• Squats: Worked up to 175 lbs. x 3 reps x 3 sets
    • Most weight I’ve done since the ACL
    • Can’t go quite as low as before but this is no surprise. I’m still below parallel.
  • Press: Worked up to 115 lbs x 3 reps x 3 sets
  • 2-handed Bent-over kettlebell rows: 16 kg x 10 reps – 20 kg x 10 reps – 28 kg x 10 reps
  • Kettlebell double push-jerk: 16 kg x 10 x 10 reps for 100 total reps.
    • Knee felt fine.
    • Technique is rusty.
  • Kettlebell 1-arm snatch: 16 kg x 20 reps (10 one hand then 10 in the other hand) x 5 sets for 100 reps.
    • Felt fine!
    • Probably will do a few tomorrow. I need to build some callouses on my hands.
  • Farmer walks: 32 kg

I’m very tempted to try a barbell power clean some time soon.

  • Road bike ride: About 20 miles
    • tempo ride
    • Done at a “comfortably challenging” pace.
    • Great day to ride. Felt good.

4/5/14 Workout

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Oh joyous day! I did several sets of back squats! I love me some squats and it felt like a big breath of fresh air doing them. First time for barbell squats of any kind since the knee went out. I got down to a fairly respectable depth (just below parallel.) The knee felt pretty good. There was some tightness/bruised-type feeling on the outside of the knee but only at the deepest depth. I followed that with deadlifts and some other fun stuff. Here’s what it looked like:

  • Squats: 95 lbs. x 5 reps – 115 lbs. x 5 reps – 135 lbs. x 5 reps, 5 reps, 10 reps
    • Life affirming!
    • Felt very solid.
  • Deadlift: 155 lbs. x 3 – 205 lbs. x 3 – 225 lbs. x 3 – 2625 lbs. x 3 – 290 lbs x 3 reps
  • 1-arm kettlebell clean & press: 16 kg x 10 reps each arm – 20 kg x 10 reps each arm
  • Ab wheel roll out: 7 reps x 3 sets

I followed this workout with intervals on the bike: 1 minute on/1 minute off x 5 sets followed by several minutes easy pedaling, then I repeated it.

Relatively Good ACL News & 4/3/14 Workout

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ACL News

I saw a non-surgical orthopedist yesterday and he walked me through my MRI. It wasn’t the worst news in the world. There were no bad surprises. I do have a grade III sprain aka a fully torn ACL. I have a grade II sprain of my MCL. No surprises there. The good news is my minisci are intact and undamaged. That’s great news! There’s also no bone damage. I’m really happy about both of these things. Surgery will be required but this injury could’ve been quite a bit worse.

I told him about my activities (staying as active and mobile as possible so long as I’m not in pain) and he approved. He said most people who get this type of injury sit down, prop up their leg, and move as little as possible. The muscles whither and their movement suffers. They go into surgery in bad shape and they come out worse. Recovery takes much longer under these circumstances.

This is no good. I’ll meet both meet with a surgeon and start physical therapy in two weeks. Some people have expressed exasperation and frustration at the pace of this process. I’m not one of them. I’m not the only guy wandering around Denver with an injury and this isn’t life threatening. I’m grateful that I have insurance, I don’t have some awful, exotic injury or illness and I’ve got people around me who can help. Anyway, the doc said surgeons typically wait on the surgery for two reasons: 1) We want to reduce swelling as much as possible and 2) We want to restore as much range of motion as possible. This stuff takes time and there’s no way around it.

4/4/14 Workout

  • Good morning: 135 lbs x 6 reps – 145 lbs x 6 reps – 155 lbs. x 6 reps x 3 sets
  • Super set 1
    • pull-ups x 4 reps
    • push-ups x 4 reps
    • goblet squat x 4 reps: I worked up from 16 kg to 20 kg to 24 kg
    • I accumulated 74 reps on pull-ups/push-ups but I didn’t time it.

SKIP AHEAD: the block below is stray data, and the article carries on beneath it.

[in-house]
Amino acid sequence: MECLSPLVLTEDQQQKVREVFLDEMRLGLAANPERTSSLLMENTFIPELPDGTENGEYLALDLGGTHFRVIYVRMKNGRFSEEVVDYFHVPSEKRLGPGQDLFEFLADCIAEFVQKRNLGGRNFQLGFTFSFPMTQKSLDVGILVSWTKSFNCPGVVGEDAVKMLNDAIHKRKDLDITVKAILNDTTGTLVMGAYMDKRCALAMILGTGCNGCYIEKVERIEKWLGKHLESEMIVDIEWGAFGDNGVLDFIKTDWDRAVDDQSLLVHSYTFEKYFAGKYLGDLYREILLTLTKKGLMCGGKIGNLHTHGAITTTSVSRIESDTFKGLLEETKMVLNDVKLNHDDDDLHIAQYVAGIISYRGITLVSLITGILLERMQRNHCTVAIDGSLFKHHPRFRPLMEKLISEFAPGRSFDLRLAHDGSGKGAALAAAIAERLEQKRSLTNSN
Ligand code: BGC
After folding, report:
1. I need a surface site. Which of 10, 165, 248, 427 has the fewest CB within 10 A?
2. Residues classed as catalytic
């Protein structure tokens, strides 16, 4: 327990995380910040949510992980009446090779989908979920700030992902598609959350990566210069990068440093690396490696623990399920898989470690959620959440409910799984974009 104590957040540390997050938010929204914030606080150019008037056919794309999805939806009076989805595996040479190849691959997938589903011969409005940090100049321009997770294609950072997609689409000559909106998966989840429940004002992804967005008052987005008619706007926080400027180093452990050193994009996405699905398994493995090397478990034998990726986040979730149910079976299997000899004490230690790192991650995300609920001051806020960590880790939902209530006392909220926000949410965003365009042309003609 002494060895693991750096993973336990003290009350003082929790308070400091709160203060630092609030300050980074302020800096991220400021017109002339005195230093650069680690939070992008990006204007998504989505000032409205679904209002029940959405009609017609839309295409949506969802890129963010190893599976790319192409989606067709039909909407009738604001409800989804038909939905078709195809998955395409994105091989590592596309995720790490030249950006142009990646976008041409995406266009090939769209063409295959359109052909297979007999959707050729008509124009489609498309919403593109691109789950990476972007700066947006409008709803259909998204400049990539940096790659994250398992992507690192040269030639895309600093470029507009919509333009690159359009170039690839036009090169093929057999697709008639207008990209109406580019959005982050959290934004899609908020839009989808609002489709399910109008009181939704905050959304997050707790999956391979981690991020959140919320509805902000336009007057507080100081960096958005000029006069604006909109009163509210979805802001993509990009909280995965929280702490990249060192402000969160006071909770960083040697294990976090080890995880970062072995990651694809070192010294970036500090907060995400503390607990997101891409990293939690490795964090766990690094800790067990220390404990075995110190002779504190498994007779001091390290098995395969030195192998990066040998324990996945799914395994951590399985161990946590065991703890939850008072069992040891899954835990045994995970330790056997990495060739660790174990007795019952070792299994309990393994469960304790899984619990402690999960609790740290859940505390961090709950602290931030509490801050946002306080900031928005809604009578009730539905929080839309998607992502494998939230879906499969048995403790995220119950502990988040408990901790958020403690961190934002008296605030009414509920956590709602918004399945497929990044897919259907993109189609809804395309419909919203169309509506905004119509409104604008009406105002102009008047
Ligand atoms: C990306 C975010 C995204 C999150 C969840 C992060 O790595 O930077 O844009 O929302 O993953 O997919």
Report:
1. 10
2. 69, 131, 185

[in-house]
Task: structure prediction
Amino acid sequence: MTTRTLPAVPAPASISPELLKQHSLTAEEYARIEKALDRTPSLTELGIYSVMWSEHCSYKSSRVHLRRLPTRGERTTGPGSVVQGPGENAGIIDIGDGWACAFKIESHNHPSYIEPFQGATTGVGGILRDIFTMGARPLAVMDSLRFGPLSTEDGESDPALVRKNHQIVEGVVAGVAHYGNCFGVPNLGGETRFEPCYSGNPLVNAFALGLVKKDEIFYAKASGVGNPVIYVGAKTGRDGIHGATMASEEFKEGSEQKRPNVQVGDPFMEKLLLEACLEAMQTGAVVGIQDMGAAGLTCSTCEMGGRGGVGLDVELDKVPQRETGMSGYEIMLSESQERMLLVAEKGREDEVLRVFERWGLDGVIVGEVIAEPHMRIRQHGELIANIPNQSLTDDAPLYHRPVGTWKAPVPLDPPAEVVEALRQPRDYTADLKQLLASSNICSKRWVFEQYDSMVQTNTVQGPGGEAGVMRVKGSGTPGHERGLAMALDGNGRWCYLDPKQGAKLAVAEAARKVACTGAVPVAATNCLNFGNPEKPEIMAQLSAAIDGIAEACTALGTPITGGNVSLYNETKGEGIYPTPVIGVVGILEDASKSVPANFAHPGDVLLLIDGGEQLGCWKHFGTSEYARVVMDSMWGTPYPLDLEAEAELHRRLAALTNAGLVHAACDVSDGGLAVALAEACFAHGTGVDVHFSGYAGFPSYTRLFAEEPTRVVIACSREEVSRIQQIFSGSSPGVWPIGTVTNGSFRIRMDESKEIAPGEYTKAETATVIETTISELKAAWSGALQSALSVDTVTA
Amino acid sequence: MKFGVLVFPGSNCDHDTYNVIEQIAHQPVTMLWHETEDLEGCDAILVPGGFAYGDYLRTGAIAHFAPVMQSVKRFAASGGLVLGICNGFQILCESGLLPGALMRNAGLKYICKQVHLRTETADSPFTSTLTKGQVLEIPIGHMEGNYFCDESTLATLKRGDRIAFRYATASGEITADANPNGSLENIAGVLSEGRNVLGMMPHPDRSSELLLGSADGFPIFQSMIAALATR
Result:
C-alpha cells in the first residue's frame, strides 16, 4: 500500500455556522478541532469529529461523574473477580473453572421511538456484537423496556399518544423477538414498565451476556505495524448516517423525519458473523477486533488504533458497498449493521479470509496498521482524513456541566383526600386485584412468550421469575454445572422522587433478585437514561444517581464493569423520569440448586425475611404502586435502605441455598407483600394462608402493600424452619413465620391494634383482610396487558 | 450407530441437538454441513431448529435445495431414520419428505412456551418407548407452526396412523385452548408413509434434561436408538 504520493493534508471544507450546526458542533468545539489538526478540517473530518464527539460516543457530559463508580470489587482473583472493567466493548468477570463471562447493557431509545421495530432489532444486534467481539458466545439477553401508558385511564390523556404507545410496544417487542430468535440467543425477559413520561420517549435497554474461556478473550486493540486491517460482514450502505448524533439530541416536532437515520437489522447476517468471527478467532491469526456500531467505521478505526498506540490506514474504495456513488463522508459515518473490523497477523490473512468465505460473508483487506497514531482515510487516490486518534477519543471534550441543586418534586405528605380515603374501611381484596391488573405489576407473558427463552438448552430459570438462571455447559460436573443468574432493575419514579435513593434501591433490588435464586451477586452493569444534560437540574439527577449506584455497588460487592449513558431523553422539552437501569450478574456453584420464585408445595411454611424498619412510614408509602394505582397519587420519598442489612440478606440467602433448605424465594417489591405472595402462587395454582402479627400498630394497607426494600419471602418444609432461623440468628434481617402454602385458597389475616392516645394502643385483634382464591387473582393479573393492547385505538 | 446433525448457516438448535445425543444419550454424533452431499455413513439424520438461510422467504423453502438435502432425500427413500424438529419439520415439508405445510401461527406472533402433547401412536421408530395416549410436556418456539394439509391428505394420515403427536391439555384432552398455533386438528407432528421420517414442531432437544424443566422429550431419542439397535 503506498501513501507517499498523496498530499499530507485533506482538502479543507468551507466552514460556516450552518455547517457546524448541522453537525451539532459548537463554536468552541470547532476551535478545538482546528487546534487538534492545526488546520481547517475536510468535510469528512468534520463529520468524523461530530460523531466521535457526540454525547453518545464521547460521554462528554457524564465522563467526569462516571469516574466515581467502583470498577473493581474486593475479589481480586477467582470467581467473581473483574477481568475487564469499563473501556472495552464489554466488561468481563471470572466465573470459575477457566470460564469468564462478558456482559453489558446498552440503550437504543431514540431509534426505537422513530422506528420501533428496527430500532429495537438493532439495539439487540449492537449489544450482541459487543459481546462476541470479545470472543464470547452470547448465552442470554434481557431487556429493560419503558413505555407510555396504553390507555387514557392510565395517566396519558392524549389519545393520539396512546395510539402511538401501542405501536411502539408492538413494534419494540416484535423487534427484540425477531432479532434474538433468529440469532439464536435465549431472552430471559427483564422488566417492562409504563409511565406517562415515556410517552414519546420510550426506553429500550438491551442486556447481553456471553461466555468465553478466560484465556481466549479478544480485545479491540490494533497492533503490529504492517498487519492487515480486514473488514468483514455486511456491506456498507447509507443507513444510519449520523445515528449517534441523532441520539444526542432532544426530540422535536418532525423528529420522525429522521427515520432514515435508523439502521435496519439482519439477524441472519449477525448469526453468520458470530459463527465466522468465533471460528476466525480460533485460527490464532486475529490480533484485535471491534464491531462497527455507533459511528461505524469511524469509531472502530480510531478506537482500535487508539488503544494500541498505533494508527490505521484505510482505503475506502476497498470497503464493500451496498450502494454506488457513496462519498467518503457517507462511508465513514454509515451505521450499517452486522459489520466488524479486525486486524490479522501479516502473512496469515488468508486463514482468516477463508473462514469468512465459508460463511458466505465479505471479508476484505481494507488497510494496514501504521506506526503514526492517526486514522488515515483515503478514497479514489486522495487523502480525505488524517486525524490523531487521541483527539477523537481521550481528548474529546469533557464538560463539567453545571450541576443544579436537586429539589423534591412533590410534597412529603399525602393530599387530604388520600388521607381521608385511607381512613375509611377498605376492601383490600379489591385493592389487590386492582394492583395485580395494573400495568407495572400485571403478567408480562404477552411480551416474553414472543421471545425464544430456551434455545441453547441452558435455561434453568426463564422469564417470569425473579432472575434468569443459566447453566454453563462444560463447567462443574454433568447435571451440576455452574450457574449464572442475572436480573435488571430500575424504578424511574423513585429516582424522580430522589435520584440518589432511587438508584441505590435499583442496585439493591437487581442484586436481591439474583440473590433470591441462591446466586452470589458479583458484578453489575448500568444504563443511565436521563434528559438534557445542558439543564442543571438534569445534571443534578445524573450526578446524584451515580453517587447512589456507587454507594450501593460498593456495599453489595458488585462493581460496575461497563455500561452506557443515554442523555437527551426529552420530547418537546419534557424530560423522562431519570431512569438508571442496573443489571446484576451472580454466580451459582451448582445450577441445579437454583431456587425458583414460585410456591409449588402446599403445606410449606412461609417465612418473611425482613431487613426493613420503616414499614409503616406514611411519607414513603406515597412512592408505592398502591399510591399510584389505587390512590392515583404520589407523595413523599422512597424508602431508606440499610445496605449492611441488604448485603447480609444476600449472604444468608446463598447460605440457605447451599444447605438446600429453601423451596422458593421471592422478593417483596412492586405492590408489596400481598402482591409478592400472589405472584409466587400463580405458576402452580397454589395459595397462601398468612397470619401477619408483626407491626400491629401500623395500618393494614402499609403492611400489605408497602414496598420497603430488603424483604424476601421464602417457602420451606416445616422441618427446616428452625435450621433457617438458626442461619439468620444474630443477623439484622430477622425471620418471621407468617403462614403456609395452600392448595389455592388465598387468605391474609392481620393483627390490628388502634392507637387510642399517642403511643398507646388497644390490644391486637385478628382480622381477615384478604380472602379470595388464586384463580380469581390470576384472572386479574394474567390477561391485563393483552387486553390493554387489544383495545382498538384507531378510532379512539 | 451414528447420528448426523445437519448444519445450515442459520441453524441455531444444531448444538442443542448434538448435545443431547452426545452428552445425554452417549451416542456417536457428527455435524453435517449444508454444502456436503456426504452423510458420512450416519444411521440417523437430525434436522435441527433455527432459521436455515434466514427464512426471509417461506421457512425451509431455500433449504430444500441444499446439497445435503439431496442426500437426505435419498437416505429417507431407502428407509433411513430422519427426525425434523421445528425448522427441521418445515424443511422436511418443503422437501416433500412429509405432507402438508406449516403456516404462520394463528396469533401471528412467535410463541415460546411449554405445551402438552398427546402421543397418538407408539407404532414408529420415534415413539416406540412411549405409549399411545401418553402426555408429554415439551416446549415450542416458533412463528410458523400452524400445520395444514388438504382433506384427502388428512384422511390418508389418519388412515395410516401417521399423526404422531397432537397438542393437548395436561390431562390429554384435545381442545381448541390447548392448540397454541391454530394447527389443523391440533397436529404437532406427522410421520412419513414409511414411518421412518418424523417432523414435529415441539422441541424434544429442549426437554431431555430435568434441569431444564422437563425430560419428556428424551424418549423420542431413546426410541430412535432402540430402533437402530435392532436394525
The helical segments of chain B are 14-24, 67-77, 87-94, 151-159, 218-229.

• My squat depth is getting better and I’m very happy about that. My knee is tolerating the movement well.
  • Super set 2
    • windmill: 16 kg x 5 x 2 sets – 20 kg x 5 – 14 kg x 5; What’s the windmill? Watch the video.
    • stability ball leg curl: 13 reps x 4 sets

    All’s well. Might get in a bike ride today.

ACL News & the 3/31/14 Workout

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ACL information & Dr. Howard Luks’s excellent blog:

Got a call from Kaiser and apparently the MRI indicates I don’t have a fully torn ACL. There’s evidence of a big sprain (which is a type of tear) and some damage to the MCL. I don’t know about any damage to the minisci.

On the surface, this sounds good. I’m not certain though that a partial tear is much better than a full tear. Of course I got online and started looking up partial tears and such. I found the site of Dr. Howard J. Luks, MD of New York. His blog is incredibly informative and I got a lot of useful information on all things ACL-related. There’s this post on partial ACL tears which discusses the difference between an ACL reconstruction and an ACL augmentation:

“The difference between an ACL reconstruction and an ACL augmentation is fairly simple. During the process of an ACL reconstruction we will reconstruct or replace the entire ruptured ligament. Anatomically, the ACL is composed of two separate bundles and a complete reconstruction will compensate for both of those bundles. In an ACL augmentation, you have only sustained a partial tear. That means that a portion of your ACL remains intact and might be normal. Many high volume ACL sports medicine orthopedic surgeons are capable of reconstructing only the torn portion of the partial ACL tear. This leaves the normal portion of the ACL alone. There are many advantages to an ACL partial tear augmentation over a full ACL reconstruction. While the discomfort, and the nature of the surgery is virtually identical – – – it is far more likely that someone who undergoes an augmentation will have a much more natural feeling knee when all is said and done. The reason for that is because the normal ACL has certain nerves within it. Those nerves give the brain certain feedback as to the position of the knee joint. It turns out that those nerve fibers are quite important. If we preserve the intact portion of your ACL, then we are preserving those nerve fibers and hopefully preserving the integrity of your knee in the long run.”